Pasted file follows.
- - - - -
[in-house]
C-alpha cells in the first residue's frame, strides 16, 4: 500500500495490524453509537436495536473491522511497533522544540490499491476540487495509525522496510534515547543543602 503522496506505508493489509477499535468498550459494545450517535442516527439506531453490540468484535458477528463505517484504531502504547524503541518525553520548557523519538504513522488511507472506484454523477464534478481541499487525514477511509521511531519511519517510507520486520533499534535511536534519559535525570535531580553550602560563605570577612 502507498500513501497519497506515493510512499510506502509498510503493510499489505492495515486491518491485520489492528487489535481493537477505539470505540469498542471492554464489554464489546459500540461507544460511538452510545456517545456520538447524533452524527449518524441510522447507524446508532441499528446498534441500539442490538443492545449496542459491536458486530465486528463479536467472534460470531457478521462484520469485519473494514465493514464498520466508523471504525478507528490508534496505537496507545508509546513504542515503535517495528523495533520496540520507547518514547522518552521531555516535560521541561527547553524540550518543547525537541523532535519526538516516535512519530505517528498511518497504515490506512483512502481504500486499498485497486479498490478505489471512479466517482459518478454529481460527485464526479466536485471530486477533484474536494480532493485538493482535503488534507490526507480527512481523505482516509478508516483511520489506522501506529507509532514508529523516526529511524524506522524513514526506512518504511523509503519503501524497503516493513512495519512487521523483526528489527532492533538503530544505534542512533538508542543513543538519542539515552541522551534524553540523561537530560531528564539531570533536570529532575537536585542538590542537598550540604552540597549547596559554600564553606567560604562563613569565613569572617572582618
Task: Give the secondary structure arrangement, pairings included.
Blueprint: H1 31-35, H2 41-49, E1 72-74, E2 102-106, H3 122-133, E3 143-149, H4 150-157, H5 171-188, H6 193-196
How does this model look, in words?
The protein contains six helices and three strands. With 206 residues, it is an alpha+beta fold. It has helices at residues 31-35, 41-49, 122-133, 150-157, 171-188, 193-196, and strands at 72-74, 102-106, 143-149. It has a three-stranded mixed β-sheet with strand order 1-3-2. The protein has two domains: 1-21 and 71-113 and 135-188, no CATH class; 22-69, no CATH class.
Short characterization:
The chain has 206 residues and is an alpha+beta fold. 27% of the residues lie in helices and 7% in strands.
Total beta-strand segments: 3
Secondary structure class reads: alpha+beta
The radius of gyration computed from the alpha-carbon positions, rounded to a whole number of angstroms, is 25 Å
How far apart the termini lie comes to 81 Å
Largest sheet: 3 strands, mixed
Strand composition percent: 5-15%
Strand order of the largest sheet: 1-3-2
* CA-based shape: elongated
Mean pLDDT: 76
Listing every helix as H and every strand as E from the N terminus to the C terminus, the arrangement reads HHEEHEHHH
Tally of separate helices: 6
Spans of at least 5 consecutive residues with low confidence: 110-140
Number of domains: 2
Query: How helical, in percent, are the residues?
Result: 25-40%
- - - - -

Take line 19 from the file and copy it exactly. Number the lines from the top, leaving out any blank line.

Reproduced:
Tally of separate helices: 6